‘It should be noted that the government is several months late in paying for aid for needy children, yet the King leads a lifestyle of luxury.’

Humanium added, ‘The health, hygienic, and water supply systems are in poor condition and have led to an outbreak of illnesses such as cholera and diarrheal sicknesses that still kill many children.

‘Each day children beg their neighbors for water. Many schools do not have running water and must count on deliveries from the government to fill their reservoirs during the dry season. However, this doesn’t always happen in zones that are further away.’

It added, ‘By necessity, many children become prostitutes to survive. Given the level of poverty, exploitation and sexual services are rising. The lack of measures taken to raise awareness and prevent these types of practices towards children is deplorable.’

The report is not the only one to highlight the plight of children in Swaziland. In April 2016, UNICEF – the United Nations Children’s Fund – reported it needed US$151,200 for its Child Protection work relating to the drought that has hit Swaziland. In June 2016 it reported that no money at all was forthcoming. It estimated that 189,000 children under the age of 18 were affected by the drought.

UNICEF reported in April 2016, ‘The UNICEF Child Protection and HIV response remains unfunded. Consequently, activities prioritizing protection of children from violence, abuse and exploitation and the needs of people living with HIV/AIDS, both of which are long standing issues in Swaziland, remain to be implemented.’

Disabled children are also mistreated in Swaziland. Earlier in July 2016, the Times of Swaziland, the only independent daily newspaper in the kingdom, reported that two disabled orphan children in Swaziland had been hidden from the world after a government official told their family it would harm the image of the kingdom if people knew of their condition.

The newspaper reported, ‘Their family was allegedly given strict instructions not to ever show the children to anyone or even discuss their condition in public.

‘It has been alleged by the head of the family where the two children stay that officials from certain government offices barred and gave strict instructions not to show the children to anyone because making their condition known would place the country in bad light.’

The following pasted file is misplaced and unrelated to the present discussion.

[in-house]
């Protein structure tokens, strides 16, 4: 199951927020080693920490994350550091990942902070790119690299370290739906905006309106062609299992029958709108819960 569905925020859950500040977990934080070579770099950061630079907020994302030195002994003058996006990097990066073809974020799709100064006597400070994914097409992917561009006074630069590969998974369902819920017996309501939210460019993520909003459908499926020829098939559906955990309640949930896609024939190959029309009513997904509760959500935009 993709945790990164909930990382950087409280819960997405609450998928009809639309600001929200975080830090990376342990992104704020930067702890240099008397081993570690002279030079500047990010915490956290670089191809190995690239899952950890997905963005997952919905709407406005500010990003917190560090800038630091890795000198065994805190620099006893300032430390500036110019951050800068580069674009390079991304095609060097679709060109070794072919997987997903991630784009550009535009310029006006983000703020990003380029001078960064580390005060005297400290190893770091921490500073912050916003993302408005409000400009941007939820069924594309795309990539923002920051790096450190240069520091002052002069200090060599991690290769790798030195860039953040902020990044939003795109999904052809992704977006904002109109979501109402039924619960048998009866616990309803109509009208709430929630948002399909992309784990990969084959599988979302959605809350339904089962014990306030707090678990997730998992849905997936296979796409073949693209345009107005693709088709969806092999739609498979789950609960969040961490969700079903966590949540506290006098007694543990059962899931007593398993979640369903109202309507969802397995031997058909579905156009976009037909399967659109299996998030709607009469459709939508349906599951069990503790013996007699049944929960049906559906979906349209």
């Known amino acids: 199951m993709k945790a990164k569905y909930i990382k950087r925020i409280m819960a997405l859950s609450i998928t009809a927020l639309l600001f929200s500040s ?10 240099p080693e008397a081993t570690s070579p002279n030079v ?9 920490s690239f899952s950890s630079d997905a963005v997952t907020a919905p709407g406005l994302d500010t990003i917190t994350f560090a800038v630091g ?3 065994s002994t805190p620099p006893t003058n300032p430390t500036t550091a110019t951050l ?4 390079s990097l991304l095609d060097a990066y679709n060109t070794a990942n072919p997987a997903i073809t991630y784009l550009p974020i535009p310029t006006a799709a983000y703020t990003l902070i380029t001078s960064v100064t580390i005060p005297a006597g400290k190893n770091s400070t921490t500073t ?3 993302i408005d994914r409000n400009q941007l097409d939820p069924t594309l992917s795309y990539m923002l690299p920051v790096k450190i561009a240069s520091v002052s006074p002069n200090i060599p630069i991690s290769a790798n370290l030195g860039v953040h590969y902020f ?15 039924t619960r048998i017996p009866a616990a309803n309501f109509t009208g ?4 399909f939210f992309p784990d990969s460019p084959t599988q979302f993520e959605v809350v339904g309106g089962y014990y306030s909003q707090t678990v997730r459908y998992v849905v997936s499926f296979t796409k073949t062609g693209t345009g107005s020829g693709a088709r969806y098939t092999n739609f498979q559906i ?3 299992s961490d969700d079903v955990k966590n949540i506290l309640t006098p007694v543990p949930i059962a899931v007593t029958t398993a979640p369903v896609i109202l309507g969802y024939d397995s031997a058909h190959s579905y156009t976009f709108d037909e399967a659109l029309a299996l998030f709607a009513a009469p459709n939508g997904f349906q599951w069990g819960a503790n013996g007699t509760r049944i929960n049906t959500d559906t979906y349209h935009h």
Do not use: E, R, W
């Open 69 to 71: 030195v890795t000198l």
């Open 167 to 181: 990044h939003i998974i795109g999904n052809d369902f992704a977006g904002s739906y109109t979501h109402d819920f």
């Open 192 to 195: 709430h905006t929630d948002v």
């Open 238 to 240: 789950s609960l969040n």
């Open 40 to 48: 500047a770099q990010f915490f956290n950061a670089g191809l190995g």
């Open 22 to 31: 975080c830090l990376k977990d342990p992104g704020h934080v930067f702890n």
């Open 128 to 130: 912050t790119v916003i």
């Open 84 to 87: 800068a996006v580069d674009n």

The newspaper added, ‘The children suffer from a rare disability and some of those who know about the children suspect they suffer from polio.’

Also, a report on people trafficking in Swaziland published in 2014 said the King used forced child labour to work in his fields. ‘Swazi chiefs may coerce children and adults - through threats and intimidation - to work for the King,’ the report from the United States State Department said.  


Monday, 25 July 2016


Following Swaziland’s decision to ban all Asian people from entering the kingdom comes news that a group of Asians have been evicted from their home and banished from the area simply because they are Asian.

The incident happened at Mgazini, according to the Observer on Sunday newspaper in Swaziland.

The newspaper reported on Sunday (24 July 2016) that a group of 12 ‘Asian nationals’ were ordered out of an area on the outskirts of Mankayane.

They had rented a homestead from a local resident, but were later ordered out of the area by the area’s chief’s representative Indvuna Xolani Vilakati. The Indvuna or headman reportedly did not meet with the Asians, ‘but only heard of their presence in the area’.

The newspaper reported, ‘Vilakati said he ordered them out because they had not been reported to the area’s authorities and therefore accommodating them in the area with unknown motives would cause problems for them.’

The newspaper said residents saw the Asians in the homestead and their presence was reported to a member of the area’s bandlancane (council). The newspaper said the residents were concerned about ‘foreign people being accommodated in one of the homes’.

The Asians left the area when requested.

There are heightened tensions in Swaziland following a decision by the Swazi Government to set up a committee to investigate immigration of people from Asia, mostly India and Pakistan. Meanwhile, the House of Assembly suspended issuing entry permits to all Asian people.  

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Friday, 22 July 2016


Over the past 18 months, Action for Southern Africa (ACTSA) has received support from UNISON to build international support for human rights and democracy in Swaziland, the UK Trades Union Congress (TUC) reported.

ACTSA organised and hosted a visit to the UK by Vincent Ncongwane, the then Secretary General of the Trade Union Congress of Swaziland (TUCOSWA), in March 2015. 

The TUC reported, ‘Vincent met with the then Minister for Africa and senior officials at the Commonwealth Secretariat, as well as with a wide range of civil society organisations, including trade unions. Vincent was able to use these meetings to stress the need for the UK and Commonwealth to step up their engagement with the Government of Swaziland so that it fulfils its international obligations. He also called on bilateral and multilateral agencies to more actively support the work of Swazi civil society.’

ACTSA has produced a range of campaign materials. Most recently, ACTSA has published a new briefing paper Swaziland’s Downward Spiral: The International Community Must Act Now. The paper warns that Swaziland may plunge into a protracted crisis unless the international community, including the UK, applies serious pressure on the Government of Swaziland so that it respects human rights and develops a genuinely democratic constitution. UNISON and other UK trade unionists have also been supportive of the development of a Swazi Rural Women’s Charter, which is discussed in another new ACTSA publication Women’s Rights in Swaziland